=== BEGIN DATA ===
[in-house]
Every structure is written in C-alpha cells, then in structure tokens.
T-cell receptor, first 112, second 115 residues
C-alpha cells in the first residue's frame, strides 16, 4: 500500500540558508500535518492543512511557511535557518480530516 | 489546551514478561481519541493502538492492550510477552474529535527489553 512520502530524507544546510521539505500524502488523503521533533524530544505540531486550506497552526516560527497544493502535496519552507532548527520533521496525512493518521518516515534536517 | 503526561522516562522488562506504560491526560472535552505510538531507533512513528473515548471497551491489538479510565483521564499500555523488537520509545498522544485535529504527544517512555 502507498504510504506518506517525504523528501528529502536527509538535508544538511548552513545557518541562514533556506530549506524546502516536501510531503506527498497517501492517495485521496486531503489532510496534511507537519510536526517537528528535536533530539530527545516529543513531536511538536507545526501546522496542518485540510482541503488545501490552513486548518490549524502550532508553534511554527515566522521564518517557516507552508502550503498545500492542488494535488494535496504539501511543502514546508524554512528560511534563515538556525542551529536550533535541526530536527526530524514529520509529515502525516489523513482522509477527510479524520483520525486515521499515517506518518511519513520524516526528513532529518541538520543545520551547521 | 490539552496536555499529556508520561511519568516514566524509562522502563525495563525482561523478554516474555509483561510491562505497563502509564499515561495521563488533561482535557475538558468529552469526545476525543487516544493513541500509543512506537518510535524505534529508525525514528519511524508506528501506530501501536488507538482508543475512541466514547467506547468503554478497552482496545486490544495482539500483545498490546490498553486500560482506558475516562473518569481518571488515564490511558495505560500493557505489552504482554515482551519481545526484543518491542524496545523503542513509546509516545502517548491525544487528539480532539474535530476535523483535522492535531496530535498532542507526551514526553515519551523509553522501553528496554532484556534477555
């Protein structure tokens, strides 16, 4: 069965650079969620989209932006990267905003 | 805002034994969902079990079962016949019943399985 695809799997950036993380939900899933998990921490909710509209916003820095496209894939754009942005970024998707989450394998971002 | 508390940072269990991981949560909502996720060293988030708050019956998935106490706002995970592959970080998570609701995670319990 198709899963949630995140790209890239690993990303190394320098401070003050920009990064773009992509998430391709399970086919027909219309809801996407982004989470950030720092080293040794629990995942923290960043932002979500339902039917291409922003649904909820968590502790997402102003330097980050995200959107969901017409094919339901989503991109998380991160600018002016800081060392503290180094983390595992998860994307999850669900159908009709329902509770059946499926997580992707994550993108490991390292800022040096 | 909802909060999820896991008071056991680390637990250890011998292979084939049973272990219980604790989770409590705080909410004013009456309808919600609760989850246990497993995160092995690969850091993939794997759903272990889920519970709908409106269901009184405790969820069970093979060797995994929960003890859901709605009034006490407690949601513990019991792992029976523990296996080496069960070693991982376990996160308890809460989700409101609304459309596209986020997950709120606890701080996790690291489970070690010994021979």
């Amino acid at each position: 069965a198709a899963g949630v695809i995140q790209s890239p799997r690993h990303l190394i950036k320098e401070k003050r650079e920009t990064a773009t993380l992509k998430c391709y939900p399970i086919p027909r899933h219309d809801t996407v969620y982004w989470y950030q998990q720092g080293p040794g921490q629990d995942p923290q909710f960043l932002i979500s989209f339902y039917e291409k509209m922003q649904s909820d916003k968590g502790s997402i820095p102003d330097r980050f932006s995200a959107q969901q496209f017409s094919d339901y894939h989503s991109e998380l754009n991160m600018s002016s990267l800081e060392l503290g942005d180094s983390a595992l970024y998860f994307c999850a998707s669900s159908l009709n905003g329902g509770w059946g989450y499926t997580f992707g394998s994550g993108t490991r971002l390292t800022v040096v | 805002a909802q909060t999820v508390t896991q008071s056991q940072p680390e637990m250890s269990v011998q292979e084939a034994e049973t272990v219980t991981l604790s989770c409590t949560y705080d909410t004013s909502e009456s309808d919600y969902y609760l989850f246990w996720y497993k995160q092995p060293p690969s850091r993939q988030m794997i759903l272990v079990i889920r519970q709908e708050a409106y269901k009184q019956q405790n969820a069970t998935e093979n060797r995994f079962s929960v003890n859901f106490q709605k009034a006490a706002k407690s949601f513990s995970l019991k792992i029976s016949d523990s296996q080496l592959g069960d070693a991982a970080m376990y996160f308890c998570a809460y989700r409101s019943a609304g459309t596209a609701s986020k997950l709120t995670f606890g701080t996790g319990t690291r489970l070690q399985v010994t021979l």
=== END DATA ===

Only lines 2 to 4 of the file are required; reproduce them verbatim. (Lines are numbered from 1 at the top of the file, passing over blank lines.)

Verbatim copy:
Every structure is written in C-alpha cells, then in structure tokens.
T-cell receptor, first 112, second 115 residues
C-alpha cells in the first residue's frame, strides 16, 4: 500500500540558508500535518492543512511557511535557518480530516 | 489546551514478561481519541493502538492492550510477552474529535527489553 512520502530524507544546510521539505500524502488523503521533533524530544505540531486550506497552526516560527497544493502535496519552507532548527520533521496525512493518521518516515534536517 | 503526561522516562522488562506504560491526560472535552505510538531507533512513528473515548471497551491489538479510565483521564499500555523488537520509545498522544485535529504527544517512555 502507498504510504506518506517525504523528501528529502536527509538535508544538511548552513545557518541562514533556506530549506524546502516536501510531503506527498497517501492517495485521496486531503489532510496534511507537519510536526517537528528535536533530539530527545516529543513531536511538536507545526501546522496542518485540510482541503488545501490552513486548518490549524502550532508553534511554527515566522521564518517557516507552508502550503498545500492542488494535488494535496504539501511543502514546508524554512528560511534563515538556525542551529536550533535541526530536527526530524514529520509529515502525516489523513482522509477527510479524520483520525486515521499515517506518518511519513520524516526528513532529518541538520543545520551547521 | 490539552496536555499529556508520561511519568516514566524509562522502563525495563525482561523478554516474555509483561510491562505497563502509564499515561495521563488533561482535557475538558468529552469526545476525543487516544493513541500509543512506537518510535524505534529508525525514528519511524508506528501506530501501536488507538482508543475512541466514547467506547468503554478497552482496545486490544495482539500483545498490546490498553486500560482506558475516562473518569481518571488515564490511558495505560500493557505489552504482554515482551519481545526484543518491542524496545523503542513509546509516545502517548491525544487528539480532539474535530476535523483535522492535531496530535498532542507526551514526553515519551523509553522501553528496554532484556534477555